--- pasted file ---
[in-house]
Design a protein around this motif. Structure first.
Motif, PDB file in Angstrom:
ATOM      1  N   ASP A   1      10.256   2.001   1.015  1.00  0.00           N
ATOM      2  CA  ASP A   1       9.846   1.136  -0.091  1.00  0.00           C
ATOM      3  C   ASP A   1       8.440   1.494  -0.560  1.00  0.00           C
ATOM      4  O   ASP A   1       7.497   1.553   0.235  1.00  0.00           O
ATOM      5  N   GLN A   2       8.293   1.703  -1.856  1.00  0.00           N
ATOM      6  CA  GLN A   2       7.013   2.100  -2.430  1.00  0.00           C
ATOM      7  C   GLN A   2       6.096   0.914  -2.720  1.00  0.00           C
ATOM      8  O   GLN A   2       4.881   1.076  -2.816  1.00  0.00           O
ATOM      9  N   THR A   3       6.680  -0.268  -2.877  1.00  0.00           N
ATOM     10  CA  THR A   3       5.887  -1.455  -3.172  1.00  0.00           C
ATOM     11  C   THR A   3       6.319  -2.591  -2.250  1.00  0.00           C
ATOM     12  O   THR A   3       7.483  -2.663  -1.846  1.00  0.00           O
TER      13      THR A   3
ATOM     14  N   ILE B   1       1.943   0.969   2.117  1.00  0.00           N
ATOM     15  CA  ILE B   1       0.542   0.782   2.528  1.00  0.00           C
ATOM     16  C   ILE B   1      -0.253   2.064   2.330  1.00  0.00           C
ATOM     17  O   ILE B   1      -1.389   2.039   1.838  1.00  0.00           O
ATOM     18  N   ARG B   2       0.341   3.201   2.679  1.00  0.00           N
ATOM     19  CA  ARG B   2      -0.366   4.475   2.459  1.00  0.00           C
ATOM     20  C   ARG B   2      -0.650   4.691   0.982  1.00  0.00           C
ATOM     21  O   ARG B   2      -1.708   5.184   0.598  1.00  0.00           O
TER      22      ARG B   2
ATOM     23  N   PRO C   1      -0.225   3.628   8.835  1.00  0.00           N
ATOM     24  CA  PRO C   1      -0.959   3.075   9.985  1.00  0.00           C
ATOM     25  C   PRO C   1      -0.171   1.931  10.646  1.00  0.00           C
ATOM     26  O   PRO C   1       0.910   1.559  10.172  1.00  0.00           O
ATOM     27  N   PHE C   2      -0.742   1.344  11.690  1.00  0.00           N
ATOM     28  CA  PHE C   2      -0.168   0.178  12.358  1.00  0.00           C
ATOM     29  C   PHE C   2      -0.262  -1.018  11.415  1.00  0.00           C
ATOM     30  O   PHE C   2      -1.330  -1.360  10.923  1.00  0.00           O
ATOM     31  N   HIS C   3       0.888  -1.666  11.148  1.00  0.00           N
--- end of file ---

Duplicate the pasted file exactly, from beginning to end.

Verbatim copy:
[in-house]
Design a protein around this motif. Structure first.
Motif, PDB file in Angstrom:
ATOM      1  N   ASP A   1      10.256   2.001   1.015  1.00  0.00           N
ATOM      2  CA  ASP A   1       9.846   1.136  -0.091  1.00  0.00           C
ATOM      3  C   ASP A   1       8.440   1.494  -0.560  1.00  0.00           C
ATOM      4  O   ASP A   1       7.497   1.553   0.235  1.00  0.00           O
ATOM      5  N   GLN A   2       8.293   1.703  -1.856  1.00  0.00           N
ATOM      6  CA  GLN A   2       7.013   2.100  -2.430  1.00  0.00           C
ATOM      7  C   GLN A   2       6.096   0.914  -2.720  1.00  0.00           C
ATOM      8  O   GLN A   2       4.881   1.076  -2.816  1.00  0.00           O
ATOM      9  N   THR A   3       6.680  -0.268  -2.877  1.00  0.00           N
ATOM     10  CA  THR A   3       5.887  -1.455  -3.172  1.00  0.00           C
ATOM     11  C   THR A   3       6.319  -2.591  -2.250  1.00  0.00           C
ATOM     12  O   THR A   3       7.483  -2.663  -1.846  1.00  0.00           O
TER      13      THR A   3
ATOM     14  N   ILE B   1       1.943   0.969   2.117  1.00  0.00           N
ATOM     15  CA  ILE B   1       0.542   0.782   2.528  1.00  0.00           C
ATOM     16  C   ILE B   1      -0.253   2.064   2.330  1.00  0.00           C
ATOM     17  O   ILE B   1      -1.389   2.039   1.838  1.00  0.00           O
ATOM     18  N   ARG B   2       0.341   3.201   2.679  1.00  0.00           N
ATOM     19  CA  ARG B   2      -0.366   4.475   2.459  1.00  0.00           C
ATOM     20  C   ARG B   2      -0.650   4.691   0.982  1.00  0.00           C
ATOM     21  O   ARG B   2      -1.708   5.184   0.598  1.00  0.00           O
TER      22      ARG B   2
ATOM     23  N   PRO C   1      -0.225   3.628   8.835  1.00  0.00           N
ATOM     24  CA  PRO C   1      -0.959   3.075   9.985  1.00  0.00           C
ATOM     25  C   PRO C   1      -0.171   1.931  10.646  1.00  0.00           C
ATOM     26  O   PRO C   1       0.910   1.559  10.172  1.00  0.00           O
ATOM     27  N   PHE C   2      -0.742   1.344  11.690  1.00  0.00           N
ATOM     28  CA  PHE C   2      -0.168   0.178  12.358  1.00  0.00           C
ATOM     29  C   PHE C   2      -0.262  -1.018  11.415  1.00  0.00           C
ATOM     30  O   PHE C   2      -1.330  -1.360  10.923  1.00  0.00           O
ATOM     31  N   HIS C   3       0.888  -1.666  11.148  1.00  0.00           N